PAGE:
igor on Fri, 6 Jul 2001 18:41:52 +0200 (CEST)

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Reintroduction of topic - <was:Re: <nettime> Planet destroyed; film at 11>

dear all,

/excuse discontinuity/

McKenzie Wark wrote:
>The thing about second nature is that it seems so 'natural'. We grow up
with it as
>normal, as taken for granted. When something comes along that appears as a
>from it, its tempting to cling to the naturalness of second nature, and
forget that it is
>the product of thousands of years of human artifice.

Distinction between the first/second natures seems to me as an easy-way
out. It implies that there is something like nature untouched with human
activities, but we may only discuss the level or modes of influence by
genus homo. I fully agree that appealing to the 'preservation of the
Nature' can not have any sense at all. "Natural nature" or The Nature is
simply a construct (except the magazine), some sort of wishful thinking
(it can be compared with the idealistic representation of childhood in
contemporary western culture). We are changing the environment in many
ways, not all the time even being aware of the changes.

Industrial Persistent Organic Pollutants (POPs), like PCBs and pesticides,
are accumulating in the animals, and many of toxic components are
converted in substances that can be excreted. The liver-enzyme system,
responsible for the cleaning of organism, does not exist in fish
"naturally", but recent researches in Arctic region imply that certain
species develop such a mechanism. Recent hype about ozone depletion
contribute (financially) to many researches, but it's still not known what
kind of influence climate change have on the base of food web: plankton
community. Heavy metals (primary mercury and cadmium), acidification, even
radioactivity - all are contributing to the creation, evolution and
adaptation of living species.

On the other hand, there is a problem of non-native species introduced by
humans. Australia (and some of the islands) is a nice example: feral
population of cats and foxes impact on vulnerable marsupial population in
is disastrous (nice research article The impact of cats and foxes on the
small vertebrate fauna of Heirisson Prong, Western Australia, can be found
at www.publish.csiro.au/journals/wr). Finally the impact of non-native
plants is far more important whit potential of great danger - particularly
so-called invasive species. And, that's the place where GMOs are entering
the story, and that's the only reason why lot of scientists is skeptical.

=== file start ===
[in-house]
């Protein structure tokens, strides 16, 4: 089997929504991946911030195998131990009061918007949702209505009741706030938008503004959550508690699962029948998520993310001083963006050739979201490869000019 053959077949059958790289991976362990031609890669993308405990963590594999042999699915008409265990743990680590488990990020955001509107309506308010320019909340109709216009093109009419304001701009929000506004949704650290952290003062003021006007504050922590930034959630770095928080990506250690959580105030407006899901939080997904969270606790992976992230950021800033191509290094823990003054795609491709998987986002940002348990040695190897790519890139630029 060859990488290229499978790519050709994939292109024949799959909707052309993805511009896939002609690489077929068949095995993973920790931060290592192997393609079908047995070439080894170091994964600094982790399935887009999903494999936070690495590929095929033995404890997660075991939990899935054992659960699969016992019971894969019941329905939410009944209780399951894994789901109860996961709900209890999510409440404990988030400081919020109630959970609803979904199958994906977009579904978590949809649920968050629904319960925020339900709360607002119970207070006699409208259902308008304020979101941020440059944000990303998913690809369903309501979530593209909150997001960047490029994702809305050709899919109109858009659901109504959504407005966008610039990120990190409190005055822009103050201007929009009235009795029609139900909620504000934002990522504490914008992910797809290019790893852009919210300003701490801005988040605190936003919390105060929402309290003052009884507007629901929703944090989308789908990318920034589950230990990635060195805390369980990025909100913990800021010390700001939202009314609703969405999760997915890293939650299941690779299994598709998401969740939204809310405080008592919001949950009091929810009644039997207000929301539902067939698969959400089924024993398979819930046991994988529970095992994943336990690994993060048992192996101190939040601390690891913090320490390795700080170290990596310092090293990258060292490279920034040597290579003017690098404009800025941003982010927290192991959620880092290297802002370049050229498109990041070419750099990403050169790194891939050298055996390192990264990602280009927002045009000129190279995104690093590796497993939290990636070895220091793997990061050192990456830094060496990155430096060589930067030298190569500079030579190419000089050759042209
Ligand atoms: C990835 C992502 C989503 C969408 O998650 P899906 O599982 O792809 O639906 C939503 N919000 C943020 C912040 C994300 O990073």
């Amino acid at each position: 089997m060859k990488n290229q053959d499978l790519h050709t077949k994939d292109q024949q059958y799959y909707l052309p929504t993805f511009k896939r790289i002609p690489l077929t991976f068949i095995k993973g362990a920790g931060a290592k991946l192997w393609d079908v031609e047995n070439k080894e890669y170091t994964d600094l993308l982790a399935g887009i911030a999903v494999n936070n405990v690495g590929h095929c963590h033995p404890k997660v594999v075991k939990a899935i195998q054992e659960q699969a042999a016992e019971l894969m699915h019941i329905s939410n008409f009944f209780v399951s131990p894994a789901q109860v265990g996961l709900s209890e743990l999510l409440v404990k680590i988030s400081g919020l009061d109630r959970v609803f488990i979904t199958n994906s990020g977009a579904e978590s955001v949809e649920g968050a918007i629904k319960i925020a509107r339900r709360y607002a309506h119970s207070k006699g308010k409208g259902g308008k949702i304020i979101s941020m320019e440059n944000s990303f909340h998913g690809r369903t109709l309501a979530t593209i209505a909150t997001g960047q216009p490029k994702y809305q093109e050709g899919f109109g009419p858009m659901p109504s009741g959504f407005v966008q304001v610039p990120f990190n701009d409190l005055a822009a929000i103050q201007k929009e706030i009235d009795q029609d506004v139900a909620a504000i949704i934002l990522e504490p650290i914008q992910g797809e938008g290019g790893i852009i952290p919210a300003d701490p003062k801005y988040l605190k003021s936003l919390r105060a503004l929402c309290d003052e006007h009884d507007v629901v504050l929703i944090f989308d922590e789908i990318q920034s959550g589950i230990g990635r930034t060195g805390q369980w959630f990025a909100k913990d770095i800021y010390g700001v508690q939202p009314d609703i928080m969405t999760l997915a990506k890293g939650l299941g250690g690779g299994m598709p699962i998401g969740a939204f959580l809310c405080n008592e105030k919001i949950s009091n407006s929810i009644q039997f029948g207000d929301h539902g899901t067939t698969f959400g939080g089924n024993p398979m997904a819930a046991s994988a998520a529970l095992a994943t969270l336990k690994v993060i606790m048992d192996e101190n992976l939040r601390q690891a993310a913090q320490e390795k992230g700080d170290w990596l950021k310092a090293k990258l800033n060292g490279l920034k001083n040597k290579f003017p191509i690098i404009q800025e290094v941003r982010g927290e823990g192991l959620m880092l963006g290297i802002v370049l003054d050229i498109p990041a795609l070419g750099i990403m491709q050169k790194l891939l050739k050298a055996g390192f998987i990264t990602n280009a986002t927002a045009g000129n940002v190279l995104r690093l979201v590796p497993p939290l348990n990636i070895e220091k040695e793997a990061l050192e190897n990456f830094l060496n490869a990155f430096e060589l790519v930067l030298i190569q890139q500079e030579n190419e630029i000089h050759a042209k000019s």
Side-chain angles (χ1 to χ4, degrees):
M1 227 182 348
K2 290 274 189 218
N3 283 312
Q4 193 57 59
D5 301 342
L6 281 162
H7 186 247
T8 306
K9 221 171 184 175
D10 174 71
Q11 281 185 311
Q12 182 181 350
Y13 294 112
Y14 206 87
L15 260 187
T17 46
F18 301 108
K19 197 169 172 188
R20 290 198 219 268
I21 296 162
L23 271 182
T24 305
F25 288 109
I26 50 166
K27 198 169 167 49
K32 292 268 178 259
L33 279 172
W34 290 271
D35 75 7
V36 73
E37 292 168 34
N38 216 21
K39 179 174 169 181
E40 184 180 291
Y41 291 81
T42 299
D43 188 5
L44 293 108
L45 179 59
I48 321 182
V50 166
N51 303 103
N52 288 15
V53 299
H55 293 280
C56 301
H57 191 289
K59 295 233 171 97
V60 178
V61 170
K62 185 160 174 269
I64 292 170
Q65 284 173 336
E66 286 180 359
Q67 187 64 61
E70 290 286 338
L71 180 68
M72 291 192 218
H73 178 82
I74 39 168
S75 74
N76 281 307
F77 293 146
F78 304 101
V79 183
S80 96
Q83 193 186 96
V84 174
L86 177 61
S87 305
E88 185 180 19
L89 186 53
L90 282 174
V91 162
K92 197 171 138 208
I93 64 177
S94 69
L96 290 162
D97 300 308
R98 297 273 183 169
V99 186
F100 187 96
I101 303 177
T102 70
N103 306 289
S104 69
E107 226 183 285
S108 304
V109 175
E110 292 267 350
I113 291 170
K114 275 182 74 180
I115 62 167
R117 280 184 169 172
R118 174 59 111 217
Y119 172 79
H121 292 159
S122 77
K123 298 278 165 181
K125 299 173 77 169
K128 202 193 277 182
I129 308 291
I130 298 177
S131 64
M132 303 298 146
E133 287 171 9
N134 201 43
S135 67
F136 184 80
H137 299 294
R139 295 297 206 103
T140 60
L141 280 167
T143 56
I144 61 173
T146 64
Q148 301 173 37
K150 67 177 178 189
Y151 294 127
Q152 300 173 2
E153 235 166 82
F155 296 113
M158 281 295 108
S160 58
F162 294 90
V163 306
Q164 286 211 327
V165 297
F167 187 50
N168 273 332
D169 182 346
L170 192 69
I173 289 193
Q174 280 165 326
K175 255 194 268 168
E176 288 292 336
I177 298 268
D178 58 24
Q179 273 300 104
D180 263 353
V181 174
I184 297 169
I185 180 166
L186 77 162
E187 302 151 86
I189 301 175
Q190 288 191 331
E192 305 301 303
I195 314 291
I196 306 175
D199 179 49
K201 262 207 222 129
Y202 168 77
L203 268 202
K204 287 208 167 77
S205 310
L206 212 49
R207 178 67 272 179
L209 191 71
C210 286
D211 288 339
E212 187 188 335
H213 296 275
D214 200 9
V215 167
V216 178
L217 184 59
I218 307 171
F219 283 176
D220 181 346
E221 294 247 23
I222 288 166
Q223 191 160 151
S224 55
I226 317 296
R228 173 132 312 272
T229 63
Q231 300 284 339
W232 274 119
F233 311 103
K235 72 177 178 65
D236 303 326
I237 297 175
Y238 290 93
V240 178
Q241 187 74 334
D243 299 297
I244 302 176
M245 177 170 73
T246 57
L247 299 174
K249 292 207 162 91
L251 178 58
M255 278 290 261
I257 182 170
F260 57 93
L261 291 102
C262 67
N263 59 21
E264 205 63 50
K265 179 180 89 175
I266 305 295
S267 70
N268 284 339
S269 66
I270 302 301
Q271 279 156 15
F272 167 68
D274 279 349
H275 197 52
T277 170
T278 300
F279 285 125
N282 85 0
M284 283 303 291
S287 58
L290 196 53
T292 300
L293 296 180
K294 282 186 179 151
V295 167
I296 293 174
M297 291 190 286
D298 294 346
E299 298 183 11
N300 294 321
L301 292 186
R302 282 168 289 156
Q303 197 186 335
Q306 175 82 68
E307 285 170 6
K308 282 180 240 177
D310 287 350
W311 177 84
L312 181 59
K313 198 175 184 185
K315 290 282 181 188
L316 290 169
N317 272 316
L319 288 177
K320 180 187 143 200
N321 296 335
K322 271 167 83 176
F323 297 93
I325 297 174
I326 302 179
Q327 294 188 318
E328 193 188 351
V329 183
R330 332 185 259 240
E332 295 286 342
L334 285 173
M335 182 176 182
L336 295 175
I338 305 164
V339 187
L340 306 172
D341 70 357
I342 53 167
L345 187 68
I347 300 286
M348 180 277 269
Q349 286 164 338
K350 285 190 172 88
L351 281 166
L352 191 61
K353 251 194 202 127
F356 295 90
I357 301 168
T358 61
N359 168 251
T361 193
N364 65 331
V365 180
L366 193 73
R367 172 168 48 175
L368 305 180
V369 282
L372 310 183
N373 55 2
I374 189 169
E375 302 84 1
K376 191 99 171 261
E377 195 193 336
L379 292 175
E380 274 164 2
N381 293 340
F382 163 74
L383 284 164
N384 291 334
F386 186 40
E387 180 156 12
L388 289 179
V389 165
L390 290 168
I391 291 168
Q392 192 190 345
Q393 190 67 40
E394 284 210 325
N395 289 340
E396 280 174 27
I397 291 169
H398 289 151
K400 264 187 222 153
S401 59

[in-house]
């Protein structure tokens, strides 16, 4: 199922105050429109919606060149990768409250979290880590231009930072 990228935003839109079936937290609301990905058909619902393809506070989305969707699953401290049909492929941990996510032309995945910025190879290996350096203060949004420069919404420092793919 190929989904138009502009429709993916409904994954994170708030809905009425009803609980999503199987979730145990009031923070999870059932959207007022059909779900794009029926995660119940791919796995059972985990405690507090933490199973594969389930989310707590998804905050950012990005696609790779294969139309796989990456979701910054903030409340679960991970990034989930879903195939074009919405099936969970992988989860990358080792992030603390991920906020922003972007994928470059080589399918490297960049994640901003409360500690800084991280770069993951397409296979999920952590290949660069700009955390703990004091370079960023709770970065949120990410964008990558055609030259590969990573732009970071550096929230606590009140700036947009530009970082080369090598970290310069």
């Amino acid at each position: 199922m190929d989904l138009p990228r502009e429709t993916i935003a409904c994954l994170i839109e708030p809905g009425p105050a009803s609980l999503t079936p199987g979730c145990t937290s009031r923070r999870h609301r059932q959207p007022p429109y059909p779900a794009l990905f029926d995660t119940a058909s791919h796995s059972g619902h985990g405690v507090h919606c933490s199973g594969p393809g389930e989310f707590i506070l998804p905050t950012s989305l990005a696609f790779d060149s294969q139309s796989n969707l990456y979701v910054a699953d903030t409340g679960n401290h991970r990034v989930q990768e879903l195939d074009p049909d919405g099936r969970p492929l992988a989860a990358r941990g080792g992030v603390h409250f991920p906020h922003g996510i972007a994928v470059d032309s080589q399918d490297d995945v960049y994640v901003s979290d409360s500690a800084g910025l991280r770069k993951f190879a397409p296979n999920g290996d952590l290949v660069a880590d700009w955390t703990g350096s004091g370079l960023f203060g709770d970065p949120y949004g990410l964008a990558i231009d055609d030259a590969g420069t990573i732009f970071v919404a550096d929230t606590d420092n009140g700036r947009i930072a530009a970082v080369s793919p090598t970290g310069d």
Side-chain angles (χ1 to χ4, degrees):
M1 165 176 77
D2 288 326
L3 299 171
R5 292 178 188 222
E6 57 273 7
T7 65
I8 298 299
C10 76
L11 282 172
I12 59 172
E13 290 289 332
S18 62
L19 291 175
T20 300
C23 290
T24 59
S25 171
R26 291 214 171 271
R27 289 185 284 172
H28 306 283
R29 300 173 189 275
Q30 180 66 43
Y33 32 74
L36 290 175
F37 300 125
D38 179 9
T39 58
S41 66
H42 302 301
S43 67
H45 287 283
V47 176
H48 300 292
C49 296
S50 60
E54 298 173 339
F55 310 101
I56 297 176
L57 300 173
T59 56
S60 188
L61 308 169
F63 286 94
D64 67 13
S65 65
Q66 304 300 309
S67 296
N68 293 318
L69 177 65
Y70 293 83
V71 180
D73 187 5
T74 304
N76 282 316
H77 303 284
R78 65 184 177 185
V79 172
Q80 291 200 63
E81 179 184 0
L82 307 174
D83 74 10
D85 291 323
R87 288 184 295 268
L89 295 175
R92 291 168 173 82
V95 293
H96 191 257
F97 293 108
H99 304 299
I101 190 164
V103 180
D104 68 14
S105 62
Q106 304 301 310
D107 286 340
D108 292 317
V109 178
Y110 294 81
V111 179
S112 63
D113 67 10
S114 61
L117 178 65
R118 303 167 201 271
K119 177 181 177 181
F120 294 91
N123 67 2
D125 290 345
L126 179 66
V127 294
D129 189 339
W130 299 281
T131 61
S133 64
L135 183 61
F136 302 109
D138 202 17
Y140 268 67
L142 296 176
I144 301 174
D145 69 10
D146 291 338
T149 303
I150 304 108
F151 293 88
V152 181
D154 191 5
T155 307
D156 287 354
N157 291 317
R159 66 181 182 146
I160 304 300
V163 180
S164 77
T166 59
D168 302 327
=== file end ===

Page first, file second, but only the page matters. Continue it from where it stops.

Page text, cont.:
But, there is no essential difference among introduction of
'traditionally' breed new sort, and one managed by biotechnology.

>To me, its an issue that can be argued within the purview of second nature.
>technologies need regulatory scrutiny and democratic control. Key parts of
>biological information must not be turned into intellectual property that
can be >monopolised by a few corporations.

Certainly there is also a need for risk-analysis - not because of nature
(it may change but it will survive), but because of selfish reasons:
preservation of human health - but the GMOs are problematic in two
strictly anthropocentric points. The first one is almost ten years old,
and it was put into agenda at the Rio summit back in '92. (Convention on
Biological Diversity precisely). It's Access to Genetic Resources and
Benefit-sharing meaning "fair and equitable sharing of the benefits
arising out of the utilization of genetic resources, including by
appropriate access to genetic resources and by appropriate transfer of
relevant technologies, taking into account all rights over those resources
and to technologies, and by appropriate funding". In practice it's still
fully unregulated area, despite several attempts to prevent degradation
not only in biological, but also in economic and cultural sense. Official
biodiversity convention site www.biodiv.net have impressive collection of
recommendations in that sense. However, the major problem for me is not
even that new type of colonialism, but the question of the biotech
industry purpose. And on that field there is palpable need to reorient and
restructure biotechnology R&D institutions (and the agricultural
biotechnology community's values and attitudes) so that future benefits
are indeed achieved through agricultural biotechnology.

And, as a digestive, bit off the topic - what about danger of
memetically-modified organisms, like neo-liberal social democrats (one can
found them in almost any 'post-socialist' government),
neuro-psychoanalysts, or my favorite: M3 - Memetically Modified


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